Psychiatric Annals


The Role of the Family in Major Depressive Illness

Gabor I Keitner, MD; Ivan W Miller, PhD; Christine E Ryan, PhD


To neglect the social environment in which major psychiatric illness in general, and affective disorders in particular, exists, limits therapeutic effectiveness and likely prolongs the illness.


To neglect the social environment in which major psychiatric illness in general, and affective disorders in particular, exists, limits therapeutic effectiveness and likely prolongs the illness.

Hsychopathology exists within a social context. Most patients, especially those with affective disorders, live with their families. Not surprisingly, patients' illnesses exert a major influence on significant others in their social field. Conversely, the ways in which these significant others respond to patients' illnesses has a measurable and clinically significant impact on the symptomatology and course of those illnesses. It is increasingly evident that to neglect the social environment in which major psychiatric illness in general, and affective disorders in particular, exists, limits therapeutic effectiveness and likely prolongs the illness.

Given the reality of managed care and increasing pressure for efficient and rapid treatment programs, it is important to explore a variety of new approaches that may facilitate recovery. The availability of effective psyehopharmacologic agents is a significant step in that direction. Recent descriptions and empirical investigations of short-term psychotherapies, such as interpersonal psychotherapy and cognitive behavioral therapies, further enhance our abilities to provide effective, efficient, and relatively rapid treatments. Nonetheless, pharmacotherapy and psychotherapy do not deal directly with the patient's psychosocial environment. Some type of family intervention may also be needed. The purpose of this article is to review current findings regarding the importance of the role of the family in major depressive illness and to highlight its treatment implications.


Studies over the past 10 years have consistently shown that an episode of major depression is associated with significant family dysfunction.1 This is true for both inpatients and outpatients. Depressed inpatients were found to have significantly more marital maladjustment than a diagnostically mixed inpatient comparison group.2,3 Depression may also have a greater impact on marital life than does rheumatoid arthritis or cardiac illness.4

A wide range of family functions are disturbed during the acute episode of major depression. Communications, problem solving, and role functioning within the family are especially likely to be dysfunctional. Communication refers to the effectiveness, extent, clarity, and directness of information exchange in the family. Problem solving reflects the family's ability to resolve instrumental and affective problems. Roles reflect the efficacy with which family tasks are allocated and accomplished. Tasks include those associated with the provision of resources, nurturance and support, the development of life skills, and management of the family system.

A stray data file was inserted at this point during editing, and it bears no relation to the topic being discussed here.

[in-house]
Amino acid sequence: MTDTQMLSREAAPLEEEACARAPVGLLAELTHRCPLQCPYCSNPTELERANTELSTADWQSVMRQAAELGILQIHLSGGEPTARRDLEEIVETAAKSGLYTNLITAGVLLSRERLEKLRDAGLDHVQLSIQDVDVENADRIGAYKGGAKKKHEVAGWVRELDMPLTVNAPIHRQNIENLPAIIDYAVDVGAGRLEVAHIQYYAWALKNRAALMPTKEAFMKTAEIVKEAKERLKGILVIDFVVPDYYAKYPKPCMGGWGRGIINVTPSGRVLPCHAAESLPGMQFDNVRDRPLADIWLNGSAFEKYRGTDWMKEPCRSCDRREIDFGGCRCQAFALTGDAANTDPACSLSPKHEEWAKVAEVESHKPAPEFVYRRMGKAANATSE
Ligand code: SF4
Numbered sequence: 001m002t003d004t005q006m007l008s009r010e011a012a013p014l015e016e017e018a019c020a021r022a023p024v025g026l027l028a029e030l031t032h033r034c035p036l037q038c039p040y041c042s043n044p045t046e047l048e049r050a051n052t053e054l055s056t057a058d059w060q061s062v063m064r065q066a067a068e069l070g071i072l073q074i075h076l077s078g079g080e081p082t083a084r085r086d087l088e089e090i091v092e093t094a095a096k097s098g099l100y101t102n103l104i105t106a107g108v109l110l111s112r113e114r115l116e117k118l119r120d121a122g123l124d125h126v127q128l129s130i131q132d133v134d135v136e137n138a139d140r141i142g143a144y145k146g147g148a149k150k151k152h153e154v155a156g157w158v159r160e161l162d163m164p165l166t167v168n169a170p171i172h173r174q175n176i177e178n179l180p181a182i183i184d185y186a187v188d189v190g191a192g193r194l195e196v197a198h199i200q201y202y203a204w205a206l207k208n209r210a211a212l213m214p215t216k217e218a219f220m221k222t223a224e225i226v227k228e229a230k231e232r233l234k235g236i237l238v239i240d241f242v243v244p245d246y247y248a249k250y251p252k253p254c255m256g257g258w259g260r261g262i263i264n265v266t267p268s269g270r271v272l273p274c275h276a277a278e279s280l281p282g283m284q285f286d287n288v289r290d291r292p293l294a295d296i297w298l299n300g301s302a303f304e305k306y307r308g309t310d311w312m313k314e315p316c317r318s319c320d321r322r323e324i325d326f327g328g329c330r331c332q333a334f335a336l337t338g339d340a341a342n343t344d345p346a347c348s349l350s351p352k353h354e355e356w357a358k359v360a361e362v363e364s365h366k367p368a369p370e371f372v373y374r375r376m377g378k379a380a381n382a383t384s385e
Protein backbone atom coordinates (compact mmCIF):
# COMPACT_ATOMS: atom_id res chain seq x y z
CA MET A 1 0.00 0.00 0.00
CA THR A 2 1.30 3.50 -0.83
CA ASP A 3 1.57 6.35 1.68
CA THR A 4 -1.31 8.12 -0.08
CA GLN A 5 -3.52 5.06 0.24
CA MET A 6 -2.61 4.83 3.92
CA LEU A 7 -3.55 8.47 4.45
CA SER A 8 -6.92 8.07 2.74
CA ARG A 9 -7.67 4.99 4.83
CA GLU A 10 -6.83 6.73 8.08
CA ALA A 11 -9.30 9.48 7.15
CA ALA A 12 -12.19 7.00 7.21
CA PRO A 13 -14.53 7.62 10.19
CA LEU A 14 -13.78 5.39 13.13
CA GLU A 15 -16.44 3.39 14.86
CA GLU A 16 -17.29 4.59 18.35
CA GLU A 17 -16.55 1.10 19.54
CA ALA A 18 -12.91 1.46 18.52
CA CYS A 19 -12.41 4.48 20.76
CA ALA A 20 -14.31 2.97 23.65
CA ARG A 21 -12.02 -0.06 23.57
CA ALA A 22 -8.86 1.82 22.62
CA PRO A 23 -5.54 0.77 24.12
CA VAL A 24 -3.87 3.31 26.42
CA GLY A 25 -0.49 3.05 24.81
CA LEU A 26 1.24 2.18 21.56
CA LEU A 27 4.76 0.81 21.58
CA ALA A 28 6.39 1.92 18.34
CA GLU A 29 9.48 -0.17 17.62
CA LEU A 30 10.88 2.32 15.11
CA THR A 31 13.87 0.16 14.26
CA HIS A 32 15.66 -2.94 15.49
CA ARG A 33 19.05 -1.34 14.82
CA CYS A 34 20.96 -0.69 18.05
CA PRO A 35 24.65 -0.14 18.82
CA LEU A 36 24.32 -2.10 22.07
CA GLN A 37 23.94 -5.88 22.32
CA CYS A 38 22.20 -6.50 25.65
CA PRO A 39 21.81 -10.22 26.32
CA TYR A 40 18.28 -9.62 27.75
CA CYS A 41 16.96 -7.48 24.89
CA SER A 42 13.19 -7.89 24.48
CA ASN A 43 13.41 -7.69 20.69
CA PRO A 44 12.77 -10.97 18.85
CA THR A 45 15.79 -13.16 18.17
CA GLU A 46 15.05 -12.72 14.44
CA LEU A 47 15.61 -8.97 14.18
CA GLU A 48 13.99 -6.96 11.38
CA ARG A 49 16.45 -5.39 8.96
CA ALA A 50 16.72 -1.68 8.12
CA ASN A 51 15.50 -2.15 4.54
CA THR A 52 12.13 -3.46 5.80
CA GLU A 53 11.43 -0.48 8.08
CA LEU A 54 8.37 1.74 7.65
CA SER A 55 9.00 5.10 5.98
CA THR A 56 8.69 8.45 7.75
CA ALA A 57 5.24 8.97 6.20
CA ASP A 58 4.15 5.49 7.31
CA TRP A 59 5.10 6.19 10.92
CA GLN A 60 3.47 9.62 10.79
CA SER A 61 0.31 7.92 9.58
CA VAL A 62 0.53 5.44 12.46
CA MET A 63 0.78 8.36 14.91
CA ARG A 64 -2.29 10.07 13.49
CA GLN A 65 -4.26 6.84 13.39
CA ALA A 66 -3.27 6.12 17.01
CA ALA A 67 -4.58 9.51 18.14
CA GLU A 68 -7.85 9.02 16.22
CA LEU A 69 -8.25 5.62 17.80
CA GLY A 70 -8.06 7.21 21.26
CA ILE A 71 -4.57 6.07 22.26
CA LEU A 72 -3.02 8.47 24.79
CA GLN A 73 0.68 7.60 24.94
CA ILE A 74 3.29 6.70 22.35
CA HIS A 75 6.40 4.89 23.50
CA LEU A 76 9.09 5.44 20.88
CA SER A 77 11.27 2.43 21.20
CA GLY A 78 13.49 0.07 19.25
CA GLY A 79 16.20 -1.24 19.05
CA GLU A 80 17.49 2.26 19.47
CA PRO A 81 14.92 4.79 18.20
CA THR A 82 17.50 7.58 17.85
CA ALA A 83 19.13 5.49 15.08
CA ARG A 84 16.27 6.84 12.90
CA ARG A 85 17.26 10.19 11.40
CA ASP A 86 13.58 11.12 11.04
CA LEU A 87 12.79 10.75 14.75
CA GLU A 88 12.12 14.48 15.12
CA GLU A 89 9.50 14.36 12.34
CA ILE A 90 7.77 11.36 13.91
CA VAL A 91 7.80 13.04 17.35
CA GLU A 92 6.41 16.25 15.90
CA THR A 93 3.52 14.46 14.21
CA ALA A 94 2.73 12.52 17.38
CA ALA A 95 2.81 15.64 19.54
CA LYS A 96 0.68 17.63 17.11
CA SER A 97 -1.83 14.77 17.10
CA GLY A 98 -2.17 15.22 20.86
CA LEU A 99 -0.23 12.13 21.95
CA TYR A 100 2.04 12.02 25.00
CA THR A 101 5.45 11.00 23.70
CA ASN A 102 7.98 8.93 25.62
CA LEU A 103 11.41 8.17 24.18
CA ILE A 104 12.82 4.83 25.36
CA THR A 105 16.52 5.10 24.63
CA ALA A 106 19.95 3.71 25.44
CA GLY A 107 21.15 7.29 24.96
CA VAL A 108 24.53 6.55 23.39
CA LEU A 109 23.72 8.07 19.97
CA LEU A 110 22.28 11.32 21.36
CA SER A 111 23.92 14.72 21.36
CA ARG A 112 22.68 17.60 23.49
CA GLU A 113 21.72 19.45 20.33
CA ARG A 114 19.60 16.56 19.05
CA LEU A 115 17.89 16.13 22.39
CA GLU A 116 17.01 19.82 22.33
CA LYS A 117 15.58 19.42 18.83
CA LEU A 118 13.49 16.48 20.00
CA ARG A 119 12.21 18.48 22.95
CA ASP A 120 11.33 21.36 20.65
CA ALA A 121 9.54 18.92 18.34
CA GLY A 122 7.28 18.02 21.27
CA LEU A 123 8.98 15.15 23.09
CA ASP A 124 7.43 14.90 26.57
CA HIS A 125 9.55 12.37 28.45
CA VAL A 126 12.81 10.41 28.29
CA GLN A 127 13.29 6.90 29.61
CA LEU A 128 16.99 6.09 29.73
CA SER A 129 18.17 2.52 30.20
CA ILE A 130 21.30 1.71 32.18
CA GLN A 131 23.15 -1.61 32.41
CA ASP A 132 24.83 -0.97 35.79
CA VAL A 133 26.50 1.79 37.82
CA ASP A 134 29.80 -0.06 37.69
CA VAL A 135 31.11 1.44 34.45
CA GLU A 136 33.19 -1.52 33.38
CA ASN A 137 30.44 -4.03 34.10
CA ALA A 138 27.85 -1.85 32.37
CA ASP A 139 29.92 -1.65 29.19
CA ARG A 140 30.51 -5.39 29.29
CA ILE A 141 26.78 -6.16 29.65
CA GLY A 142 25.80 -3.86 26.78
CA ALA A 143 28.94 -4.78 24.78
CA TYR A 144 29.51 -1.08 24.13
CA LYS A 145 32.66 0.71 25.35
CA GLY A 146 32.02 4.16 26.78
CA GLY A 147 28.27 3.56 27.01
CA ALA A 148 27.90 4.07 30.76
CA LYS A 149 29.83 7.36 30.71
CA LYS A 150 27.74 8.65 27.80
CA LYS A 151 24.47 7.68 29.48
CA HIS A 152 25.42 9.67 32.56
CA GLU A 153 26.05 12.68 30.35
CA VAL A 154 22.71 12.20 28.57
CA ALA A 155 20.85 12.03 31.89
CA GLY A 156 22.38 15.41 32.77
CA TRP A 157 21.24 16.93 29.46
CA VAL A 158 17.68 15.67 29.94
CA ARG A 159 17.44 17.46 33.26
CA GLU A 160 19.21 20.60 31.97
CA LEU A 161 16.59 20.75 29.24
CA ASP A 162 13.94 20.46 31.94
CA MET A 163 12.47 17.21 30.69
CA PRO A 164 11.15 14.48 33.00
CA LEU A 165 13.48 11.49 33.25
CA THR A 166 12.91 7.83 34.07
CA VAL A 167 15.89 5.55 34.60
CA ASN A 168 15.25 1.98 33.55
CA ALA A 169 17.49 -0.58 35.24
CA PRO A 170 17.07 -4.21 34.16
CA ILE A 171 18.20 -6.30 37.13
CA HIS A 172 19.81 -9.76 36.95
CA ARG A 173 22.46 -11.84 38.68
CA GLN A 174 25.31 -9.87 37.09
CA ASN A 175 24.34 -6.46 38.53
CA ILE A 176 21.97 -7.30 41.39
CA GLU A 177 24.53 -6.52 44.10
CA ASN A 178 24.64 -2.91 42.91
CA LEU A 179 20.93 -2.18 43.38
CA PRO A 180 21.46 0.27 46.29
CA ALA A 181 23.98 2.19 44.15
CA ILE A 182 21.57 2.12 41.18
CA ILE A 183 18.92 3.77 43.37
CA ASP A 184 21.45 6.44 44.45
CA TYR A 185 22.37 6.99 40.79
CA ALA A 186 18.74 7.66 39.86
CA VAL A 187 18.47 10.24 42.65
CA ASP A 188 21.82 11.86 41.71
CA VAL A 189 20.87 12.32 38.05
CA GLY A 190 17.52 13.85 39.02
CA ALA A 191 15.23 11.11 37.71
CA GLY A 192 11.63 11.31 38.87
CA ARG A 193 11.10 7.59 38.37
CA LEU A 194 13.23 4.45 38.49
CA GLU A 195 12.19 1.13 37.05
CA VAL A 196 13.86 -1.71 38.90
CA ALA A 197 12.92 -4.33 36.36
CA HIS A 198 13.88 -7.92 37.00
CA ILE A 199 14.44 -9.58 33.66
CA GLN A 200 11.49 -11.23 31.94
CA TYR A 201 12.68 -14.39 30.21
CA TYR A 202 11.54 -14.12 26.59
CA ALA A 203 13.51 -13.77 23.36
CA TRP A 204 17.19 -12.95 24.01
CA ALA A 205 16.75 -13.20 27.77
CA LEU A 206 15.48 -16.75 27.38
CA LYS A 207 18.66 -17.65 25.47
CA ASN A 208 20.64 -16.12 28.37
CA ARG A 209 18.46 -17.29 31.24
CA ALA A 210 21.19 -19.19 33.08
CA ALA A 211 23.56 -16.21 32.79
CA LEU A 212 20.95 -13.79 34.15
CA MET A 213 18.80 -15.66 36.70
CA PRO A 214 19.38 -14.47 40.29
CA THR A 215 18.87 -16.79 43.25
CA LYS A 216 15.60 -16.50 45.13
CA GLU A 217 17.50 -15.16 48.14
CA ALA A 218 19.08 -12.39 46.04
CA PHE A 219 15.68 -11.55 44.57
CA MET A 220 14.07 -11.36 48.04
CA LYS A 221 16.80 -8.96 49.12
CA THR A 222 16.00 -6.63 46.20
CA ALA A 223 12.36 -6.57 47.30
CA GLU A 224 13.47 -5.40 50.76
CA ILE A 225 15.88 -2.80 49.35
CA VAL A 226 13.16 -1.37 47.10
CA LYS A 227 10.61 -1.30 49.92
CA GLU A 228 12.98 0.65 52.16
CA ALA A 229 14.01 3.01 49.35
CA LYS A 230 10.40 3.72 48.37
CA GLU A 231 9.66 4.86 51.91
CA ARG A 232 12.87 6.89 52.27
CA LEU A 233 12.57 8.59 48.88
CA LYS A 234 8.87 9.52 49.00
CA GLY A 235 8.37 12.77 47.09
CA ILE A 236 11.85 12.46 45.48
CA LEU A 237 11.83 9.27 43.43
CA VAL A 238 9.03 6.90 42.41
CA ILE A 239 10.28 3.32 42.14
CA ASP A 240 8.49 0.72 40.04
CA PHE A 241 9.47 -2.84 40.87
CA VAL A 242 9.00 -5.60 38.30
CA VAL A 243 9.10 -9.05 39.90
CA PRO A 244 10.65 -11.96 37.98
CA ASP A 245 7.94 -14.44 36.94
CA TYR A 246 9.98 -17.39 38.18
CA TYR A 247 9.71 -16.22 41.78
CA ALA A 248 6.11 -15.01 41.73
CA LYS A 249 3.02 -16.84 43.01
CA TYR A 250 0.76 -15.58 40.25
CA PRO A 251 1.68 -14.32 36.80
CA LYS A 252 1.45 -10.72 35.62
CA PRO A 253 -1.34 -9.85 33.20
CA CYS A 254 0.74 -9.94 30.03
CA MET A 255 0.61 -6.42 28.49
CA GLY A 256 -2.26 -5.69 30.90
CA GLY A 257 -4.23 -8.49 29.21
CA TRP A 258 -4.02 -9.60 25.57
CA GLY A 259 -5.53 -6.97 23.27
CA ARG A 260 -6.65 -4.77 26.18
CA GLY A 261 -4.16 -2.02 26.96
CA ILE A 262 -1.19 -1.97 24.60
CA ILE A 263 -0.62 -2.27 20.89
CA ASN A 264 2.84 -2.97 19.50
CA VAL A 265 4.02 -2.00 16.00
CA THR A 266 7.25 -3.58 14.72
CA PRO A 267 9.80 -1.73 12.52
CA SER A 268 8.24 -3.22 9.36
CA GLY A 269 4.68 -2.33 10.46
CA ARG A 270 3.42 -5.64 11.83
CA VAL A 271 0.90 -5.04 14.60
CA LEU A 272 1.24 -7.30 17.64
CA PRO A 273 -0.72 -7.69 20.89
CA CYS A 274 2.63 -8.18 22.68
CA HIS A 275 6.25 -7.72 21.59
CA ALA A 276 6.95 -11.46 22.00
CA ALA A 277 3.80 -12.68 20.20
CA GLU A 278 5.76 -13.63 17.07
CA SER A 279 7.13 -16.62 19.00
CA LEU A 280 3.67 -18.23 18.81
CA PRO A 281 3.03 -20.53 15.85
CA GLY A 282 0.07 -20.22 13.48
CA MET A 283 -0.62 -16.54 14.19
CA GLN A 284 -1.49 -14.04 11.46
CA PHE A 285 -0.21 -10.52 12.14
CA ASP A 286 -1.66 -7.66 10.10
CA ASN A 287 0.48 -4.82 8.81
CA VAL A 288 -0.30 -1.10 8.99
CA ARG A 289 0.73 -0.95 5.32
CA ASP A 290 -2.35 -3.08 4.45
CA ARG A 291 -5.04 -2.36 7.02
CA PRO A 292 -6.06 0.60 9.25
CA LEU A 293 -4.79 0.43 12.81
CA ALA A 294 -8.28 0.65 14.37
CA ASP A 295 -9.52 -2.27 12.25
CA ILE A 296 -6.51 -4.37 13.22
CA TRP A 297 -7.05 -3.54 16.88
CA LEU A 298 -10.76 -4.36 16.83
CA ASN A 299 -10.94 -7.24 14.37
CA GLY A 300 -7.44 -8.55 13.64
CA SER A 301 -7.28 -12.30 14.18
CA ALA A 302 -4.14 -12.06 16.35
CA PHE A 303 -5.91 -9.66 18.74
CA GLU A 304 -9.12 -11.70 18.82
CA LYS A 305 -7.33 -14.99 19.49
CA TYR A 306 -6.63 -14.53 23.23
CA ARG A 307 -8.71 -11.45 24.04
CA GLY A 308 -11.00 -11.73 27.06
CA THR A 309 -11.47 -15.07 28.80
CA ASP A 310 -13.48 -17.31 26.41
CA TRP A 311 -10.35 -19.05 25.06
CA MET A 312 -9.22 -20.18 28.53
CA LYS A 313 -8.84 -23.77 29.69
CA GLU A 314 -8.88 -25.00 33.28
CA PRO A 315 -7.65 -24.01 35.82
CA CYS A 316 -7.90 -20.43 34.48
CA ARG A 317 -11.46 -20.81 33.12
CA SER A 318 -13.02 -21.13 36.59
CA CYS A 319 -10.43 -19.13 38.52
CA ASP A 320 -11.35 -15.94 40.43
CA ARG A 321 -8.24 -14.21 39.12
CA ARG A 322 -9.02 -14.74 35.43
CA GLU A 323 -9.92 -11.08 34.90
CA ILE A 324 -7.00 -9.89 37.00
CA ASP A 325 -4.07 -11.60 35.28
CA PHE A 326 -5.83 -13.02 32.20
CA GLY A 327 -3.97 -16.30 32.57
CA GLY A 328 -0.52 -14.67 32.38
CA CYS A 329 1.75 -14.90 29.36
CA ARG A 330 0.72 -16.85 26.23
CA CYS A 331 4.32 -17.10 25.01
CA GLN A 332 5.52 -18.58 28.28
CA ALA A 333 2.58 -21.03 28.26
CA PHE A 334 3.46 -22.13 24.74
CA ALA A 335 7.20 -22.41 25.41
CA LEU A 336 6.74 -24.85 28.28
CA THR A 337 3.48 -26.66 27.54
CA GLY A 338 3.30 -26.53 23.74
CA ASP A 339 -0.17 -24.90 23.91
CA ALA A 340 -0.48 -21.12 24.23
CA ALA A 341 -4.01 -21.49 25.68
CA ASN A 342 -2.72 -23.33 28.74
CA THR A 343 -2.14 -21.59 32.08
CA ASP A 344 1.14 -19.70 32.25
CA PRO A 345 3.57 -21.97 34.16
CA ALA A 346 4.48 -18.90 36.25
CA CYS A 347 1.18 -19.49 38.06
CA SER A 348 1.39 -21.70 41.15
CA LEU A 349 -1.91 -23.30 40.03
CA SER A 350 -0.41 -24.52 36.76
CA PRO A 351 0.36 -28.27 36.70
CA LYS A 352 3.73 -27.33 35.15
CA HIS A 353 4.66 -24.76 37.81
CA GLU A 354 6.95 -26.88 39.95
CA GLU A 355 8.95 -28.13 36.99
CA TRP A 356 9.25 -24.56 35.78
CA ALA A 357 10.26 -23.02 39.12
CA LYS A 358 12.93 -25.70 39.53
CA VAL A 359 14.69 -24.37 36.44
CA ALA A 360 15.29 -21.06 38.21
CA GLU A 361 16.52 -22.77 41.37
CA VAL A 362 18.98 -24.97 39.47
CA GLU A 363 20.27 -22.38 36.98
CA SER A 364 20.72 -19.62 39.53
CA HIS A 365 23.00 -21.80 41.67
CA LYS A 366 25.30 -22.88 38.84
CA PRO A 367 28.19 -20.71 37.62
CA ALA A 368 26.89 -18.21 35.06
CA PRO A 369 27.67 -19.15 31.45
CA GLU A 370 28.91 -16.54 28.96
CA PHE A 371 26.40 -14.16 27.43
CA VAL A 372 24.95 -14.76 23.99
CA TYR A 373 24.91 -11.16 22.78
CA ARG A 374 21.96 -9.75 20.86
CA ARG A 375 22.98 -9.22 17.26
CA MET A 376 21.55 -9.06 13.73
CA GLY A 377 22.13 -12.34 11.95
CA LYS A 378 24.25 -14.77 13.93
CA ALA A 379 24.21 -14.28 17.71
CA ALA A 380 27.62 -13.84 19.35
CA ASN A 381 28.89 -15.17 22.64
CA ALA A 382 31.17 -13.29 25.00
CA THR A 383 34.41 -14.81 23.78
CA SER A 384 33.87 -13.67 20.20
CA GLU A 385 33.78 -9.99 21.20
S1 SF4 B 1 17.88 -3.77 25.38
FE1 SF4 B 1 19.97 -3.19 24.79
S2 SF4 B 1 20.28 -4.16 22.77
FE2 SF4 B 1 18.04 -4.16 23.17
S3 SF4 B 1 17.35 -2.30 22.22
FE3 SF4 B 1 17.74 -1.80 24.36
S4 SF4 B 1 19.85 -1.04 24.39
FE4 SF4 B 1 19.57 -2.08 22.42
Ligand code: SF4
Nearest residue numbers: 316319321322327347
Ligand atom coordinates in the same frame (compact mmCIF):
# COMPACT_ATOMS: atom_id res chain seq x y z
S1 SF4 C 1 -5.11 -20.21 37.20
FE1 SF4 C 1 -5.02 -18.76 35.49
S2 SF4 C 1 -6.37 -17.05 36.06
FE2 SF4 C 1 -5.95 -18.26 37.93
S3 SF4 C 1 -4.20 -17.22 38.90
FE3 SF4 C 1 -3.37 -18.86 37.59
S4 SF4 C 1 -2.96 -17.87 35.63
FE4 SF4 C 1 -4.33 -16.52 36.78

Comorbidity is a complicating factor in assessing and dealing with the social pressures of depressed patients. Major depression tends to coexist with other illnesses. In our own research we have referred to major depression that coexists with any other Axis I, II, or ?? disorder as compound depression.5 Comorbidity has major clinical and research implications. We found, for instance, that families of patients with compound depression6 reported worse family functioning, especially in their ability to solve problems and in maintaining acceptable standards of behavior, both during the acute depressive episode and at six-month follow-up, than patients with pure major depression. The presence of comorbidity makes it even more important for the clinician to be alert to the impact of the illnesses on family members.

An additional major issue is the recognition of the burden that depressive illness places on family members. It is well recognized that living with a depressed person has significant impact on others in the immediate social environment.7"9 The negative symptoms of depression, such as worrying, fatigue, hopelessness, anxiety, anergia, and lack of interest in social life, are the most upsetting to relatives as they appear to be on a continuum with normal behavior and seemingly more under the patient's control. On the other hand, florid symptoms are more easily attributed to the illness and, therefore, seem less upsetting to family members.